10. #10
    Senior Member CACycling's Avatar
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    Other than aesthetics, there is no reason to change anything that isn't broken at this point. My guess is you need to tune up, and possibly lube up, your bike to get everything running right. Make sure your tires are up near max PSI and start riding. After you get some miles under your belt and do some reading up on all things cycling, you'll have a better idea of what set up makes sense for you and the way you ride.

    Once you get it all figured out, then you can look for specific upgrades that make sense. Even upgrades for aesthetics make more sense if you are installing stuff that works at least as well for you as what you are replacing.

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    If you purchased a bike online it needs to have a competent tuneup, meaning not just twiddling a few screws and squirting a bit of lube here and there. HIGHLY likely that the bearings, esp hubs, are adjusted too tight and that cables need lubrication, etc. Any bike shop doing a proper full tuneup with truing should be charging in the $40 and up neighborhood, mostly up.

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    If you are more use to a mountain bike and are now trying to adjust to a road bike the first thing you need to be aware of is the loss of tire pressure overnight. With high pressure road tires you will need to pump them up before each ride or once a day. This will make a huge difference in performance.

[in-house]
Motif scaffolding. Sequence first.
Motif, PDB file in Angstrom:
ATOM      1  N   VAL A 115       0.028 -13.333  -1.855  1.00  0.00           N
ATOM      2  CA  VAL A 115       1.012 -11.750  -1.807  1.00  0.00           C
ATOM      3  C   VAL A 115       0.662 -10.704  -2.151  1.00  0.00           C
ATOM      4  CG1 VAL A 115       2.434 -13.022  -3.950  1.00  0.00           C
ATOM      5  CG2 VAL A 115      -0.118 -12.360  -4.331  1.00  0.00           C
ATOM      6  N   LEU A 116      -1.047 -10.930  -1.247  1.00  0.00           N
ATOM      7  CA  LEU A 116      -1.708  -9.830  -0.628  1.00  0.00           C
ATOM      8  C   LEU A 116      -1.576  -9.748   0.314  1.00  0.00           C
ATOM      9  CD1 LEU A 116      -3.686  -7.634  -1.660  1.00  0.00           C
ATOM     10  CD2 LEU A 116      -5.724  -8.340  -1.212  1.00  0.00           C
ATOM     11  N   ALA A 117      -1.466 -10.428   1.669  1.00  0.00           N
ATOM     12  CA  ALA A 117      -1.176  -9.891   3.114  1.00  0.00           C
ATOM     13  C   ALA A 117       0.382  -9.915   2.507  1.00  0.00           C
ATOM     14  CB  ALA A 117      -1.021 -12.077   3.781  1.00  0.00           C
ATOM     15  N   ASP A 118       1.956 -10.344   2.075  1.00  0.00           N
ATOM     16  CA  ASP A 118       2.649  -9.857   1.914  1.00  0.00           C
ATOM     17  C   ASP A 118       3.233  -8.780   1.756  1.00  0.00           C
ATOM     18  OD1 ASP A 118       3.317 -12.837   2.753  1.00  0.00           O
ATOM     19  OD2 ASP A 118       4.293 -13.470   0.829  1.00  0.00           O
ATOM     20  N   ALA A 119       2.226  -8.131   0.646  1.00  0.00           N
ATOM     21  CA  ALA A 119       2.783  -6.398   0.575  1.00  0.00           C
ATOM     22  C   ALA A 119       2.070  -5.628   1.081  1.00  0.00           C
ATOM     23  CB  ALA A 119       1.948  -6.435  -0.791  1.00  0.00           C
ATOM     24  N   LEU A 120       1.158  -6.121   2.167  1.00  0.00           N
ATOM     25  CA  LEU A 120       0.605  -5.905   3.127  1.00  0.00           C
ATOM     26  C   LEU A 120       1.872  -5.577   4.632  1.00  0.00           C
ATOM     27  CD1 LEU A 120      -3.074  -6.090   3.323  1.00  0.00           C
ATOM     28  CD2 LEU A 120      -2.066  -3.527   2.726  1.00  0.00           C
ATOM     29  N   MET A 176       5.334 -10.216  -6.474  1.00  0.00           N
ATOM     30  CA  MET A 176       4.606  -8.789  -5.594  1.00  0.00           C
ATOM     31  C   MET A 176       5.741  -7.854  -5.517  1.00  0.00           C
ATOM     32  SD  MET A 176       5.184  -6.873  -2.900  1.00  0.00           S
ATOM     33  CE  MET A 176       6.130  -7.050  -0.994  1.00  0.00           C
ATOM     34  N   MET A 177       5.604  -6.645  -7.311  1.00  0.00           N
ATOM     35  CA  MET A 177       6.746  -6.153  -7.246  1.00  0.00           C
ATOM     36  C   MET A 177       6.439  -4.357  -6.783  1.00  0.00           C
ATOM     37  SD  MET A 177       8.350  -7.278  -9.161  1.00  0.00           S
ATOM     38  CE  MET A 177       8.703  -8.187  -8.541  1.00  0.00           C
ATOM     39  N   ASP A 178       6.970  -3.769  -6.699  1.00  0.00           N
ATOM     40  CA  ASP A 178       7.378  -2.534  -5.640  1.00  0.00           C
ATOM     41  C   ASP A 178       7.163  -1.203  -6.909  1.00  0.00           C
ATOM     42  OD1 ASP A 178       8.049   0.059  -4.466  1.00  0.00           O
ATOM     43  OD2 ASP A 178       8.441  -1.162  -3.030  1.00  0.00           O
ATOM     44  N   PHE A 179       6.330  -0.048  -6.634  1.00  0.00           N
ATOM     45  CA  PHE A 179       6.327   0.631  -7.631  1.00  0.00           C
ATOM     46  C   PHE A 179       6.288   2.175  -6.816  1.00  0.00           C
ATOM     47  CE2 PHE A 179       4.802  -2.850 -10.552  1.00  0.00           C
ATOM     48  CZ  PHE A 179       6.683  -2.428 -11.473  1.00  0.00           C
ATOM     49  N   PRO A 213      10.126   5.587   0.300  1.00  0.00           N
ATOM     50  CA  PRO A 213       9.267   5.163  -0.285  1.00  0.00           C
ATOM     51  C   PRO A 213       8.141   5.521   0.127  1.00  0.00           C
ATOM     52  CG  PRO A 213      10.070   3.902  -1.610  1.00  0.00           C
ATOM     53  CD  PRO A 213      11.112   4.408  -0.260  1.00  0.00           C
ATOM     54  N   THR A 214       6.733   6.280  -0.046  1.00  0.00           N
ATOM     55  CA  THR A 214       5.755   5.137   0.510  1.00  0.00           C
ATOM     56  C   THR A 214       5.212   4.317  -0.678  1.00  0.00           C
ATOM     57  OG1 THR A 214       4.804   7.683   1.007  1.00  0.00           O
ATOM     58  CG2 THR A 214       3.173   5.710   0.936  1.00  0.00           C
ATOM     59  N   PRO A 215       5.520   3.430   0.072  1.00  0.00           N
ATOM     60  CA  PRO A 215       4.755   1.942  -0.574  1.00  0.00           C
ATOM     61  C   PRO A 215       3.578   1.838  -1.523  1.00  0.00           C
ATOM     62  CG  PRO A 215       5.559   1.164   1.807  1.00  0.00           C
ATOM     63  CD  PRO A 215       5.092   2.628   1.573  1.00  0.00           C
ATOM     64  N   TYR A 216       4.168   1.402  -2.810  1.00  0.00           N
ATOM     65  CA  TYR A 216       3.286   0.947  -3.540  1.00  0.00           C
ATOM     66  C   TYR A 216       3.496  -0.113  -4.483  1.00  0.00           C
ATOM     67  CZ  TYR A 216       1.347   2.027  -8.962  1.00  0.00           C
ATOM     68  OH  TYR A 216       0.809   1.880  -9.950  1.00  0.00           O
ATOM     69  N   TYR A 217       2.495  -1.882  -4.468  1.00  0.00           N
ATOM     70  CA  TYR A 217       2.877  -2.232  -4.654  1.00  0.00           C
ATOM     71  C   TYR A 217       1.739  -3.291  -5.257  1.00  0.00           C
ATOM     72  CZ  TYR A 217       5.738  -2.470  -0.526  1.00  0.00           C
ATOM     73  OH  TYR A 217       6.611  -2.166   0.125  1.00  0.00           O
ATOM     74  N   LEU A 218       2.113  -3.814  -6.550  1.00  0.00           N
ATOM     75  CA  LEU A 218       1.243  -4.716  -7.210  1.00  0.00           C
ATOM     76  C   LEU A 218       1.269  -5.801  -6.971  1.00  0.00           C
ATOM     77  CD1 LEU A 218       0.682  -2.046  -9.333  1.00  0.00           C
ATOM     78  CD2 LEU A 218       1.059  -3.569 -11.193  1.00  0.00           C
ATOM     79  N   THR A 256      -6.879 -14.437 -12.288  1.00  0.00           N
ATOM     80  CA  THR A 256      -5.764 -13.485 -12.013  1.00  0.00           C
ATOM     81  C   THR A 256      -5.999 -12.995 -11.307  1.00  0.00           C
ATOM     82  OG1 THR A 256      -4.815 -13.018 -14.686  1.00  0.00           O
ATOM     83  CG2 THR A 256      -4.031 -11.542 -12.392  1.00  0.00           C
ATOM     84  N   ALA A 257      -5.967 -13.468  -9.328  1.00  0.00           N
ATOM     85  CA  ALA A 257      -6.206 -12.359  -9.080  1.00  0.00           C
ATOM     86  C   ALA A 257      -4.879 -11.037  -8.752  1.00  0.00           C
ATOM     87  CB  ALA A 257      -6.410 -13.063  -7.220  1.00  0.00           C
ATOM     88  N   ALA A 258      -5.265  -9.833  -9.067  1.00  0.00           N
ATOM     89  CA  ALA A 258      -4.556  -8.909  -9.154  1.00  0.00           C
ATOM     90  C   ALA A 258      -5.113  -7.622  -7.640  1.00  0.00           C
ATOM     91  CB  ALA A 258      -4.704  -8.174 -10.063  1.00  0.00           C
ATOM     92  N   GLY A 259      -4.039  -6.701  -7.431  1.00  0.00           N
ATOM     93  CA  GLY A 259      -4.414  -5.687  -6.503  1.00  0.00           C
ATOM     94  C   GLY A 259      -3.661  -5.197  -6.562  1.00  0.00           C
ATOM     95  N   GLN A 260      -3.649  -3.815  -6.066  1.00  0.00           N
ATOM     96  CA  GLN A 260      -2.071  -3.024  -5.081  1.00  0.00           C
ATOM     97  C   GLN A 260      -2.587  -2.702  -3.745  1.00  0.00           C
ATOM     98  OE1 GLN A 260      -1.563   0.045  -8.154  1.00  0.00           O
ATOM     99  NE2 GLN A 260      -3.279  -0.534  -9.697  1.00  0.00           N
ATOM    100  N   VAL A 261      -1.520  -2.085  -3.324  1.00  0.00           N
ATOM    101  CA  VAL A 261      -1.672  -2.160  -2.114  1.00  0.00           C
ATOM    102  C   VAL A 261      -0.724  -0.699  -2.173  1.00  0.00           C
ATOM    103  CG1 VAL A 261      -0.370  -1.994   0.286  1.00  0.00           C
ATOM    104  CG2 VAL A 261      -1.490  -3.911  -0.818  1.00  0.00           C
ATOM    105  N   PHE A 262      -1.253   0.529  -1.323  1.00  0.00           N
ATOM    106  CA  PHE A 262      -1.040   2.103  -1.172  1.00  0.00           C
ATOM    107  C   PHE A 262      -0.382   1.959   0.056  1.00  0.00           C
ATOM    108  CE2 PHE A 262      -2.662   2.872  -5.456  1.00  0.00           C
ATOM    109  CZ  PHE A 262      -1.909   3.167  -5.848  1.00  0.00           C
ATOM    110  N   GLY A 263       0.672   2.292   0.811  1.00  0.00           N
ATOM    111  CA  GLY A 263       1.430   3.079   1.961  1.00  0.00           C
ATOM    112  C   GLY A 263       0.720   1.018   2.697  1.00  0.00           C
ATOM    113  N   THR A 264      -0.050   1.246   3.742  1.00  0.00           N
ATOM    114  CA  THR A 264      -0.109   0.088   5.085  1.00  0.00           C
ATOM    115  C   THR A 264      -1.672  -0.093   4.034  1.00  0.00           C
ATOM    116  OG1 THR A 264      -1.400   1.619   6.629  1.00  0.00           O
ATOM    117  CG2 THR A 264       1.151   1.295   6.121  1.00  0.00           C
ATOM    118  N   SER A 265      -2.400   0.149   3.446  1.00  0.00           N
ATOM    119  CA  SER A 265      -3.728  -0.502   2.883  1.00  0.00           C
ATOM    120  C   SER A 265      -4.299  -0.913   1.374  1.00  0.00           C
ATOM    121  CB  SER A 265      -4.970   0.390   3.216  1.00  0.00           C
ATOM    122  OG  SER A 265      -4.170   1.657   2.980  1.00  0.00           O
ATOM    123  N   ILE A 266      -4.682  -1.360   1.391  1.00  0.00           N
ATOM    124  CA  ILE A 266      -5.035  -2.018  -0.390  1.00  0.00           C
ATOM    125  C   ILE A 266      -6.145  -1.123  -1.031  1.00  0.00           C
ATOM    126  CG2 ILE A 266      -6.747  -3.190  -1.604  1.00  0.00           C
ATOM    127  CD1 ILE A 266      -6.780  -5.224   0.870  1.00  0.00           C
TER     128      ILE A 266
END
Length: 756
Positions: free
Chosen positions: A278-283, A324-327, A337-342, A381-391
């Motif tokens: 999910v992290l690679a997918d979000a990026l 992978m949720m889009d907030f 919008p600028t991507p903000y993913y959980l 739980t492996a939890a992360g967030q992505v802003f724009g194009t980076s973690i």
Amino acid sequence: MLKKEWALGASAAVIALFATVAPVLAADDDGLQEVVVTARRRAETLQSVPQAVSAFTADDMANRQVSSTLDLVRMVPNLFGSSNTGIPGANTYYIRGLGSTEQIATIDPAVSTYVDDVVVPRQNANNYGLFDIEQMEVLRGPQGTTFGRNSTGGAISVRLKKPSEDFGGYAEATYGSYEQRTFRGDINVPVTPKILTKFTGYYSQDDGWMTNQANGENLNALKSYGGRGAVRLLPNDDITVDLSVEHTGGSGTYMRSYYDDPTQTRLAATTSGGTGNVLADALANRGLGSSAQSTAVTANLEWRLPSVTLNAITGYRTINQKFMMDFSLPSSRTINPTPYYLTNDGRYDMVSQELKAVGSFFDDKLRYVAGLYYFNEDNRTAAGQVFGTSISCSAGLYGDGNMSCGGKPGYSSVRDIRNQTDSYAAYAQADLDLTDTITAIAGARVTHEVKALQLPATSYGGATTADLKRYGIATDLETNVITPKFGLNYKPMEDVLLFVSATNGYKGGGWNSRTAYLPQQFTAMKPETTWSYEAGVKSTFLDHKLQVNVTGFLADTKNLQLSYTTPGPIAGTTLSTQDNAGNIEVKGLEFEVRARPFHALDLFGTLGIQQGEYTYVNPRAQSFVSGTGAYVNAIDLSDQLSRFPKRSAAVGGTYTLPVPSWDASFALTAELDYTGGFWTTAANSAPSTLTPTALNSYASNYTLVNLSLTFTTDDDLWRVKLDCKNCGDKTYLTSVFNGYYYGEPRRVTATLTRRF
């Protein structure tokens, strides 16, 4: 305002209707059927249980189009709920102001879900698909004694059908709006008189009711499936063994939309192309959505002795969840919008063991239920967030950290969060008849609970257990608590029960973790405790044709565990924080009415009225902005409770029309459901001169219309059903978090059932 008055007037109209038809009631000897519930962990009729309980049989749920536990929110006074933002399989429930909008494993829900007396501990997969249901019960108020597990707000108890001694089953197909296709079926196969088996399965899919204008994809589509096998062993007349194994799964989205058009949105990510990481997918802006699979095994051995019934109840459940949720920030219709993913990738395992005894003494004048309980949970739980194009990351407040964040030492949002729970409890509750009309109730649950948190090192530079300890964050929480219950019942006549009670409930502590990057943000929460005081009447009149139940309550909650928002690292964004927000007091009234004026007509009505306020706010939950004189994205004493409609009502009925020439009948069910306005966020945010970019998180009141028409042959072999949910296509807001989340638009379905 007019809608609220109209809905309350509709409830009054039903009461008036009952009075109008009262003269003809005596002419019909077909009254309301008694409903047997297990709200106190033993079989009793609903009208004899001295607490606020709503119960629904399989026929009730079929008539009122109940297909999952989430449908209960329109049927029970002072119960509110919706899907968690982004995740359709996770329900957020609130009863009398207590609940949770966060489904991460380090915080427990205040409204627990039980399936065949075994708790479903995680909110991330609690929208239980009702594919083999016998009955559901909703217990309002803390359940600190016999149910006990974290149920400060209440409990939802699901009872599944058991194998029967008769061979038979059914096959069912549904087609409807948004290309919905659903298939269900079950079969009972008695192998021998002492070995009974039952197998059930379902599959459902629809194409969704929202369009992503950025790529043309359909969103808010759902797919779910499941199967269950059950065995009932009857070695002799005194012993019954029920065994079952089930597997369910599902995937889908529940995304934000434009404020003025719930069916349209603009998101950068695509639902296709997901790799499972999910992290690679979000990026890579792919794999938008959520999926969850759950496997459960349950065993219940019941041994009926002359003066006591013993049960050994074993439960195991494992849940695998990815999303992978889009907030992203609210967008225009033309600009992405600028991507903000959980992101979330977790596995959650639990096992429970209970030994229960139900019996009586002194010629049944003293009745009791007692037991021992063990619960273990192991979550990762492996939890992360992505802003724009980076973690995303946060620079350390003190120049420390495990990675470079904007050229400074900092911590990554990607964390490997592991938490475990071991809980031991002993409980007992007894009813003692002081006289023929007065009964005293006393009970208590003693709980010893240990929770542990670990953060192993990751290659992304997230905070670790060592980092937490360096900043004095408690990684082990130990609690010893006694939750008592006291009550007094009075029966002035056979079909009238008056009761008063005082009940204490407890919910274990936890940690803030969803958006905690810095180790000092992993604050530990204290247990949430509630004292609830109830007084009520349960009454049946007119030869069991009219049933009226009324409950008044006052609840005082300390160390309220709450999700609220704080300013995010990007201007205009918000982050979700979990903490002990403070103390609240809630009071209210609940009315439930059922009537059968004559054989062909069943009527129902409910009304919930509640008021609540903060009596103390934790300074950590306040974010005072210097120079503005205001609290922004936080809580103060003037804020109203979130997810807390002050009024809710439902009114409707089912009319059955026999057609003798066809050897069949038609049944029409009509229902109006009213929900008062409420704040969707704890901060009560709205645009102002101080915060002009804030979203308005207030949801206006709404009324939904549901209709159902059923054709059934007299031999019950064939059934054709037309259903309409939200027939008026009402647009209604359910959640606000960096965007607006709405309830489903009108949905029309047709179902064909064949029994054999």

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    Quote Originally Posted by bikinfool View Post
    You don't need a triple chainring on your road bike necessarily, but that would depend on the terrain you ride to an extent.
    It does give you more options even if you don't need the range.

    For instance, I used to ride 50-40-30 x 13-14-15-16-17-18-19-21 in the Colorado Rocky Mountains. A comfortable cog to cruise in on flattish terrain is somewhere between a 16 and 19, and the biggest change in effort to maintain the same cadence in that range is about 13%.

    To get a similar low gear with a 53-39, I'd have needed a 13-14-16-18-20-22-25-28 cassette. A comfortable cruising range would be between a 20 and 17 cog; although two tooth jumps it's a 27% effort increase at the same cadence dropping from an 18 to 16.

    I like the one tooth jumps a lot. While it doesn't make a big difference in power output, it feels easier so going faster is more comfortable.

    It's not as bad with 9 or 10 cogs in back and the bigger 50-34 jump vs. 52-42, although with a tight cassette there's a lot less overlap so you shift the front more than on a triple, it doesn't shift as fast as the triple due to the bigger difference, and chain rub is more likely (I had no usable overlap without rub until I shimmed the chain rings on my 50-34 x 13-23 9 speed setuop).

  14. #14
    RT
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    If your only goal is to achieve a double, you remove your inner chanring and you have your compact double. If you want to switch in order to get a larger big ring, either buy chanrings and swap them out, or get a new crank. I don't see the need for more than a 50-39 for your application. Am I missing something?

    EDIT: Is this a Windsor Fens?
    Last edited by RT; 05-13-10 at 07:42 PM.

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    Quote Originally Posted by Al1943 View Post
    If you are more use to a mountain bike and are now trying to adjust to a road bike the first thing you need to be aware of is the loss of tire pressure overnight. With high pressure road tires you will need to pump them up before each ride or once a day. This will make a huge difference in performance.
    I had no idea. I had the bike sitting for a couple days. Checked this morning before my 2nd commute and the tires were at 80psi, pumped them up to 105 (has a 116 max) this made a huge difference. Much smoother and faster. I also raised the seat post up a bit and that helped the pedaling feel more smooth.

    Toddorado: Yes it is a Windsor fens